Friday, 8 August 2014

New series! Literary comment - The Hunchback in the Park by Dylan Thomas



The hunchback in the park
A solitary mister
Propped between trees and water
From the opening of the garden lock
That lets the trees and water enter
Until the Sunday sombre bell at dark

Eating bread from a newspaper
Drinking water from the chained cup
That the children filled with gravel
In the fountain basin where I sailed my ship
Slept at night in a dog kennel
But nobody chained him up.

Like the park birds he came early
Like the water he sat down
And Mister they called Hey Mister
The truant boys from the town
Running when he had heard them clearly
On out of sound

Past lake and rockery
Laughing when he shook his paper
Hunchbacked in mockery
Through the loud zoo of the willow groves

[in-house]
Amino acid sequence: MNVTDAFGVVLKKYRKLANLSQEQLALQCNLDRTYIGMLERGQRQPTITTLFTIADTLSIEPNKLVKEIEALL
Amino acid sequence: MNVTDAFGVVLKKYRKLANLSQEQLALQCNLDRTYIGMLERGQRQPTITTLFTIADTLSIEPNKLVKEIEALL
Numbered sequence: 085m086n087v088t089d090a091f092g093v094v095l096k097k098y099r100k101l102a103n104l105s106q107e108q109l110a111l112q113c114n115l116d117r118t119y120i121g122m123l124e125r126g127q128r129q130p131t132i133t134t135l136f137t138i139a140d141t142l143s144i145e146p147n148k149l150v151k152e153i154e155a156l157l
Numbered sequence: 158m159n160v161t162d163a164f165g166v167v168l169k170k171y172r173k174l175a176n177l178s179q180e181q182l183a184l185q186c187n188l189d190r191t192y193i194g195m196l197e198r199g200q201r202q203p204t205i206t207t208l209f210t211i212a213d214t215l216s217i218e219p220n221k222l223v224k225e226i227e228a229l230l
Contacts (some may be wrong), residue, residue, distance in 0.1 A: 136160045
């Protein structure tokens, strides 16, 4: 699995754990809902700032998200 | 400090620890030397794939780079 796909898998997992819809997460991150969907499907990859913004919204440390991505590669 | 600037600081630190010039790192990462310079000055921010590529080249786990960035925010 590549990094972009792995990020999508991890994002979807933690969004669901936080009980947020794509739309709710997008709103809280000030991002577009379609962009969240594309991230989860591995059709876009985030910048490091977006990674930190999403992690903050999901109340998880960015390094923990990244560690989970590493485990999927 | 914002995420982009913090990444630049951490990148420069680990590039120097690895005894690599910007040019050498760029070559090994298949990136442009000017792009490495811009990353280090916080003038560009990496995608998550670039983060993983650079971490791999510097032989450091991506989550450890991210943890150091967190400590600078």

Dodging the park keeper
With his stick that picked up leaves.

And the old dog sleeper
Alone between nurses and swans
While the boys among willows
Made the tigers jump out of their eyes
To roar on the rockery stones
And the groves were blue with sailors

Made all day until bell time
A woman figure without fault
Straight as a young elm
Straight and tall from his crooked bones
That she might stand in the night
After the locks and chains

All night in the unmade park
After the railings and shrubberies
The birds the grass the trees the lake
And the wild boys innocent as strawberries
Had followed the hunchback
To his kennel in the dark.

Literary comments on The Hunchback in the Park – by Dylan Thomas.